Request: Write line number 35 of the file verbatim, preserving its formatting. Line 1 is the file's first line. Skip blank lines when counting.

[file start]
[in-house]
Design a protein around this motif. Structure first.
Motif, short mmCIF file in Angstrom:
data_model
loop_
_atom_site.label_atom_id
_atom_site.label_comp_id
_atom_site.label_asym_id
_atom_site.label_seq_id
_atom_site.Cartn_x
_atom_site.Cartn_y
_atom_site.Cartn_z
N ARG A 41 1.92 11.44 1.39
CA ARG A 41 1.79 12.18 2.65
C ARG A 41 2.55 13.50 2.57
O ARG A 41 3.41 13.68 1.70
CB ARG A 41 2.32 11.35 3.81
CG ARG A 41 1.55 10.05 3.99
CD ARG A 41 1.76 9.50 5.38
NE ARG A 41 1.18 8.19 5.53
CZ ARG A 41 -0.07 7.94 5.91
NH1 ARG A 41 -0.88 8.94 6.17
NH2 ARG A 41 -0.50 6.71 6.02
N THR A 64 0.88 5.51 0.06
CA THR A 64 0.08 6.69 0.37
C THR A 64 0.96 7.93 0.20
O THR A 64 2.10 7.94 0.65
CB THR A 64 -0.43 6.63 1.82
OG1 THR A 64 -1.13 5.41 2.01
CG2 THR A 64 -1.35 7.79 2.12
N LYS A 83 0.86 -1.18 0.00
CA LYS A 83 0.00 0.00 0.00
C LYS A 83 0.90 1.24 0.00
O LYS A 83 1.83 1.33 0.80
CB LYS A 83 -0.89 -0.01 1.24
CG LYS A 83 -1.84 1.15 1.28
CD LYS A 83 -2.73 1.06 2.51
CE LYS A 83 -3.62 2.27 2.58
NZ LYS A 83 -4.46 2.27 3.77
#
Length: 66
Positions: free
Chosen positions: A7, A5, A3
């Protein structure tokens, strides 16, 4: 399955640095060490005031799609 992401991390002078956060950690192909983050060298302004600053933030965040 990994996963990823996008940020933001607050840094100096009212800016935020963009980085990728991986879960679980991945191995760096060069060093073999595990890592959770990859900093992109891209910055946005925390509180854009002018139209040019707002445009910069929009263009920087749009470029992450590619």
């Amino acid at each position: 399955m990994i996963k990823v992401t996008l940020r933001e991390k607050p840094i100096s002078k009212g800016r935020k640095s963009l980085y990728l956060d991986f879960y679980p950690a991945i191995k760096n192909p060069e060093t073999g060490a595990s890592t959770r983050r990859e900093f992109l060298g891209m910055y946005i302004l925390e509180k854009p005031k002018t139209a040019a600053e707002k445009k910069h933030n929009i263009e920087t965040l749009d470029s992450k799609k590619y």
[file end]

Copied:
CB LYS A 83 -0.89 -0.01 1.24